Who Needs High-Fidelity Human Patient Simulator Manikins and What Scope of Simulation-Based Training is Necessary for Nurses?
Andrzej Brodziak1,2*, Agnieszka Wolińska2, Alicja Różyk - Myrta2and Estera Kołat2
1Institute of Occupational Medicine and Environmental Health, Poland
2University of Applied Sciences, Poland
Submission: July 23, 2017; Published: August 04, 2017
*Corresponding author: Andrzej Brodziak, Institute of Occupational Medicine and Environmental Health, Poland, Tel: 48322660885; Fax: 48 32 266 11 24; Email: firstname.lastname@example.org
How to cite this article: Brodziak A, Wolinska A, Roiyk - Myrta A, Ko at E. Who Needs High-Fidelity Human Patient Simulator Manikins and What Scope of Simulation-Based Training is Necessary for Nurses?. JOJ Nurse Health Care. 2017; 2(5): 555598. DOI: 10.19080/JOJNHC.2017.02.555598
People and institutions teaching nursing are recently under the pressure of some high technology companies and educational organizations inclining to significant expenses and organizational changes related to implementation of so-called high-fidelity human patient simulator manikins (HPSMs). This is a very expensive equipment and its purchase forces to the time-consuming training of teaching staff or eventual additional hiring of educators.
Therefore the authors of this commentary analyze the available literature and refer to their own professional experience to assess for what purposes the use of these HPSMs is actually useful and to what extent these goals are consistent with the needs of nursing education at primary level.
The authors are convinced that HPSMs are useful only for training of the specialized “rescue- surgical- anesthesia- nursing" teams, especially in cases of multi-organ injuries.
The authors of the commentary are convinced that another new method of simulation teaching is worthy of attention. Therefore they discuss usefulness of implementation of so-called standardized patients in connection with the use of different audiovisual methods.
Even half a century ago teaching medicine and nursing was based only on lectures, sometimes illustrated with images, pathology sections of the deceased persons, and practical exercises with patients. Even before half a century, resuscitation methods were not used. There was also no separate area of emergency medicine and medical rescuers.
In teaching nursing and midwifery “manikins exercises" have been used for a long time to prepare for such procedures as injections, bladder catheterization, receiving birth. Manikins exercises have spread with the development of rescue methods. Manikins have also been introduced for teaching preparation for endoscopic examination, intubation and some surgical methods. For over a dozen years medical simulation centers have been set up in medical departments [1-3].
For several years, as a result of accelerated technological development, the implementation of so called hight -fidelity human patient simulator manikins is intensively promoted [4,5]. They are offered by numerous companies, and their use is incorporated into the teaching programs of many contemporary institutions teaching nursing.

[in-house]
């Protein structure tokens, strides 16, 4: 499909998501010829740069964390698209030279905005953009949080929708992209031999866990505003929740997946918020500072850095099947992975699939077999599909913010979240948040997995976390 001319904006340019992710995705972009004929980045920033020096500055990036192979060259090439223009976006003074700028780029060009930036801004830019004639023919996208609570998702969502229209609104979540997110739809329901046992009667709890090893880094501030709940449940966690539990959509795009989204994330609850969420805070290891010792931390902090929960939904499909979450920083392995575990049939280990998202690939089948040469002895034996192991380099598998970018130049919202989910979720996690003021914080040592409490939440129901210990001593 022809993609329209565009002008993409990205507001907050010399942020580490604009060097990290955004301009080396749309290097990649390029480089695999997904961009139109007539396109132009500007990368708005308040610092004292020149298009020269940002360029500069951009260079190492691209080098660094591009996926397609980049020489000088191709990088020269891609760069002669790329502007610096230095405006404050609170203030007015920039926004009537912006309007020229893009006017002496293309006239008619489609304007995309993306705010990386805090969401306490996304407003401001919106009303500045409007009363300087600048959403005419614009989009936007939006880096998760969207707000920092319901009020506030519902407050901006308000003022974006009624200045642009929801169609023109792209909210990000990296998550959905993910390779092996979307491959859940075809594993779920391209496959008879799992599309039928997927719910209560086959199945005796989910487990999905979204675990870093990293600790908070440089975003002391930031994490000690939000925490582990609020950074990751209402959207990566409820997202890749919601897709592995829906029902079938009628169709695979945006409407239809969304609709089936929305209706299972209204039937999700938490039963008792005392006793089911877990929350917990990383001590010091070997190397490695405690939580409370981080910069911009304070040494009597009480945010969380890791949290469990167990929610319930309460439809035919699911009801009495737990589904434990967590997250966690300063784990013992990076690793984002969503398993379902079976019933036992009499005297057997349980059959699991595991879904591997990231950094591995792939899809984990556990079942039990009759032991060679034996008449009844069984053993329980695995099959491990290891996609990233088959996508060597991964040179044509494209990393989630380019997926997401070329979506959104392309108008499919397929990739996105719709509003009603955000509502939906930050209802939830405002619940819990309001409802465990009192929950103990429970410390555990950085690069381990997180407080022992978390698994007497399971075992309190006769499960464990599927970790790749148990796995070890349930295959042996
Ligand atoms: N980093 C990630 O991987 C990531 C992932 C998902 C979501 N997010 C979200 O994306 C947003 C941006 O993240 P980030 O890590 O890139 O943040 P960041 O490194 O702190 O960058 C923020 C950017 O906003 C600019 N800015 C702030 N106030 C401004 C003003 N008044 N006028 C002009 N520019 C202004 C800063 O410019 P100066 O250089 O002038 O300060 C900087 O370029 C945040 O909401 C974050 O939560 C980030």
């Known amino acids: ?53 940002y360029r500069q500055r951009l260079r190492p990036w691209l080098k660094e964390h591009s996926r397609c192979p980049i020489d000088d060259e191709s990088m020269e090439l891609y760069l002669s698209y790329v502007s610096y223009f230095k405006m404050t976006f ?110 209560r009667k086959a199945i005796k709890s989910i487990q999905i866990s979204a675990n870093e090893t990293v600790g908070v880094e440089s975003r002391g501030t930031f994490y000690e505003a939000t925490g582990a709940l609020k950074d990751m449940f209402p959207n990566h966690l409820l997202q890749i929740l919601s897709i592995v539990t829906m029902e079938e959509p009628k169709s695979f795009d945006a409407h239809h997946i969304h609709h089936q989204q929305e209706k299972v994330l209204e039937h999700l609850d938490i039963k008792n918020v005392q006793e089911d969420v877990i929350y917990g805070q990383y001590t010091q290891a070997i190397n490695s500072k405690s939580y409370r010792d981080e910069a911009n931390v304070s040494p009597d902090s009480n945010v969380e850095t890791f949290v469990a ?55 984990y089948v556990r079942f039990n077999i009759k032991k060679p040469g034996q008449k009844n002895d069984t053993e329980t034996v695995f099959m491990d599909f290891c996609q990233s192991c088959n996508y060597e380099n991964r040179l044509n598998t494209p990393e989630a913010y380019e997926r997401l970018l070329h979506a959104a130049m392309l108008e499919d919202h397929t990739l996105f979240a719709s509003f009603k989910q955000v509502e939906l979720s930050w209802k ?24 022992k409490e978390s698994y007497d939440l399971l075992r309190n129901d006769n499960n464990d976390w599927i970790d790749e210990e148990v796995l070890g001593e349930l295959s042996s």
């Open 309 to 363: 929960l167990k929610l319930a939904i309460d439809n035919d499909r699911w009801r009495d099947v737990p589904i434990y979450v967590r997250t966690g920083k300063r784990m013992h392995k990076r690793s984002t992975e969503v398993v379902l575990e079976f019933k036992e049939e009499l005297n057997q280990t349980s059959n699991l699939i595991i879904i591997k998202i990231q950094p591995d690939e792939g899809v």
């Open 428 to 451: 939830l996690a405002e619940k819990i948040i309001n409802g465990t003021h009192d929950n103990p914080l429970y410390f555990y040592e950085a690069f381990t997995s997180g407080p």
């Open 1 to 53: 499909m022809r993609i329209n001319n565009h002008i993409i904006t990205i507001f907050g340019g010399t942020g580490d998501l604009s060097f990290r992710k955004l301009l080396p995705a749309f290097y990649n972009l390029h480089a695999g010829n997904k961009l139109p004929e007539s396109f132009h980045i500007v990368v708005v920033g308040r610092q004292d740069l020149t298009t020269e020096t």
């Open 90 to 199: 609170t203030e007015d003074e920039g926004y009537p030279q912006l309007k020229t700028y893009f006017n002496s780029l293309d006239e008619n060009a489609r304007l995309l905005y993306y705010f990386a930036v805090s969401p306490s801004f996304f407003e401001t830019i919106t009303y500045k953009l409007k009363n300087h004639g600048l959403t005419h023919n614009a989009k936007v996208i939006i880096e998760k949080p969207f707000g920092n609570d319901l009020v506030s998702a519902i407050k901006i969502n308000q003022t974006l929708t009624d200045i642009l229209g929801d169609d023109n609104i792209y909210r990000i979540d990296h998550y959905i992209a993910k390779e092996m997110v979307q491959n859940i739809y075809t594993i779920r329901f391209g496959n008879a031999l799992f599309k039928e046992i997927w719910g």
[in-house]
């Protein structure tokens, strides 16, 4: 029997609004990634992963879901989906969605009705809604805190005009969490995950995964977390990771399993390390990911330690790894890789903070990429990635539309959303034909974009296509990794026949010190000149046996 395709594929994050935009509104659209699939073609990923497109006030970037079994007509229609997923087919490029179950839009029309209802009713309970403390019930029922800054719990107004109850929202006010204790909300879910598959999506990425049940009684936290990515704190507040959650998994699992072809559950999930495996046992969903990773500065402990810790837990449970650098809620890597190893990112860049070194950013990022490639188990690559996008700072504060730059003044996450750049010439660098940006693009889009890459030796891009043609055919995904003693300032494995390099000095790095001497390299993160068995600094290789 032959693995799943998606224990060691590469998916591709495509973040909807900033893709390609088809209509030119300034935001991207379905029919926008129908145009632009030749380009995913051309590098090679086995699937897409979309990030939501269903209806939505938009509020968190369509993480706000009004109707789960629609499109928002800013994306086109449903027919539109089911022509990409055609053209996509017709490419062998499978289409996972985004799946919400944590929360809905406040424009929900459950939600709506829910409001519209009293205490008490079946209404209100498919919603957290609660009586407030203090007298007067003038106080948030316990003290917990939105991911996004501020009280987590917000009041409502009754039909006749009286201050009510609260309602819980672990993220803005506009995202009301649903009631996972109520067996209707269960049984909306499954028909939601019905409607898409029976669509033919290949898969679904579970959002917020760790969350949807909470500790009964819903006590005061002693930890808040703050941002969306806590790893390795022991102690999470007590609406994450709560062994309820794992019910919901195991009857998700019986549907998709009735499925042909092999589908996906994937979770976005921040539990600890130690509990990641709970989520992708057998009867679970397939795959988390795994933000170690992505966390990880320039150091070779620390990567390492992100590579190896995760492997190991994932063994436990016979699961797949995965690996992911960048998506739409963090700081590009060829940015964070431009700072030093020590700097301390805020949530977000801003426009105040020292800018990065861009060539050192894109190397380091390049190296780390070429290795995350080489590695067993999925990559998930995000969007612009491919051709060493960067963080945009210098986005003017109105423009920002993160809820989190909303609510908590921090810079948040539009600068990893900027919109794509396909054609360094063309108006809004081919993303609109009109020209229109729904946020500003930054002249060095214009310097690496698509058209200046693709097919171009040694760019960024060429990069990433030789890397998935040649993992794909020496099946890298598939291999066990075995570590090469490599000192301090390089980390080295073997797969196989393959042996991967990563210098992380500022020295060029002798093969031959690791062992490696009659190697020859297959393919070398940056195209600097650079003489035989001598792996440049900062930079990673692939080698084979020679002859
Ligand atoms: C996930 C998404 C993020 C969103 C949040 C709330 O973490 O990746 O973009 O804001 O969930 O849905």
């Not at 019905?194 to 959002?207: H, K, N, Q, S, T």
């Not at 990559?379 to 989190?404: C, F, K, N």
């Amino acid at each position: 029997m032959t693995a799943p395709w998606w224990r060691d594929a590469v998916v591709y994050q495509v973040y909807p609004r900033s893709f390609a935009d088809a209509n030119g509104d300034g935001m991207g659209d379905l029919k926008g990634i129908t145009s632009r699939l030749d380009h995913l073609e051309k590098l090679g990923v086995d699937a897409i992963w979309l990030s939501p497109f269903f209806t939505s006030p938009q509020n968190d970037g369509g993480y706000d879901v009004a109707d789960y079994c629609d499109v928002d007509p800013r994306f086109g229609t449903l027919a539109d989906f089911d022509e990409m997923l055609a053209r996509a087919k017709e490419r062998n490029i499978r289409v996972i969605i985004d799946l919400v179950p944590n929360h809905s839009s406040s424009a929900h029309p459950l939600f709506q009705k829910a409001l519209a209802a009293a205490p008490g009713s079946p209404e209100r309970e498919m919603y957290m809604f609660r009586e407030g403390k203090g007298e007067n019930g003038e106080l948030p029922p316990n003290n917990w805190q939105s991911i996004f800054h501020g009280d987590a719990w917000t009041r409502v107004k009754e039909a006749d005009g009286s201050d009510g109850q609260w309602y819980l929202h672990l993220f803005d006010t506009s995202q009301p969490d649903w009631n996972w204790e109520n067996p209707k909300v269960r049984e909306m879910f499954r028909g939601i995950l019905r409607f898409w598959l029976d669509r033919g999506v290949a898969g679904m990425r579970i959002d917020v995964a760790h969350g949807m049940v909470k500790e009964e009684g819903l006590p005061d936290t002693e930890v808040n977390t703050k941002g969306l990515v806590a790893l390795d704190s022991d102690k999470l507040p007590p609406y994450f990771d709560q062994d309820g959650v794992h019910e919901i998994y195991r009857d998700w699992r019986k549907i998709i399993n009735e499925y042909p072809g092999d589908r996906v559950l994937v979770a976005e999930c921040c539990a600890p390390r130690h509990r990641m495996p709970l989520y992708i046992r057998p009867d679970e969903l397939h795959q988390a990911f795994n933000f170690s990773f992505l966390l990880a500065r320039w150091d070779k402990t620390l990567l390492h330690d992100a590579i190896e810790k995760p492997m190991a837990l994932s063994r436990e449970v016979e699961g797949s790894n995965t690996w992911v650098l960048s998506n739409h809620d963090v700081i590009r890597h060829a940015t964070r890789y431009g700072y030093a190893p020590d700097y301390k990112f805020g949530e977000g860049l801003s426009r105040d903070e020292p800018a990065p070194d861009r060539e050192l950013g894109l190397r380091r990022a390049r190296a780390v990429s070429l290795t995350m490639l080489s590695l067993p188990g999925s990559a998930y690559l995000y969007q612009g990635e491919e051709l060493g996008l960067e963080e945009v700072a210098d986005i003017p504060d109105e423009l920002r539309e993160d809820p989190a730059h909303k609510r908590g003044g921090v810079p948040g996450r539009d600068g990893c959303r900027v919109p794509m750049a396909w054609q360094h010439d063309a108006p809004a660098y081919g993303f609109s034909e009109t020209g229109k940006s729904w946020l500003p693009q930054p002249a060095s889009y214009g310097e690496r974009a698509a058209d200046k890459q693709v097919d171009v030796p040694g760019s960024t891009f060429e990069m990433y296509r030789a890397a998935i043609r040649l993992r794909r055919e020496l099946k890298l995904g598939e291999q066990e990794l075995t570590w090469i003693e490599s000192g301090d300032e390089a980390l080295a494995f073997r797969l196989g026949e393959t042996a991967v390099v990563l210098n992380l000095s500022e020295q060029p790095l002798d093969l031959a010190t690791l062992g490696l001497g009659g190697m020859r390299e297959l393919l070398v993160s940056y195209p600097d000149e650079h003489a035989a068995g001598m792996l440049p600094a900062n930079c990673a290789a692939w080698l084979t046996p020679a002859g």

The considerable pressure of these companies and professional and governmental institutions managing the teaching of nursing to rapid involvement of large amounts of funding and organizational changes prompts the author of this commentary to objective consideration of publications of those authors who have already acquired some experience in implementing these new teaching methods. Such data is already published. The purpose of our brief commentary is to draw attention to the controversy and question marks involved in organizing teaching centers using these so-called high-fidelity manikins. This seems to us useful for those who are faced with the need to make the decision to implement such methods of medical simulation as well as for nursing students and teachers who are faced with the need to be incorporated to such organizational projects.
It is not enough to buy high-fidelity manekins. The attempt to implement such equipment for teaching involves the need to finance time-consuming training of a suitable team of teachers. Since the realization of teaching activities with the HPSMs is also very time-consuming it occurs usually that it is necessary to employ additional staff. Because we do not want to promote our own prejudices, so we quote some statements found in the recently published papers.
Al-Ghareeb et al.  write: "high-fidelity human patient simulator manikins (HPSMs) are widely available. As an innovative teaching tool, many nursing programmes are investing in high-cost approaches to high-fidelity HPSMs. Unfortunately, such approaches are undervalued and underused, with notable barriers to integration" . These authors remark also that: “simulation is not a new concept and nurse educators have used simulation for many years. However, the availability of sophisticated technology is new. Consequently, over the last decade nursing schools have begun purchasing costly equipment, in the belief that it will assist educators to better preparing nursing students for technologically advanced health care environments however, nursing programmes considering simulation technology will need to address faculty members' possible discomfort in using such technology".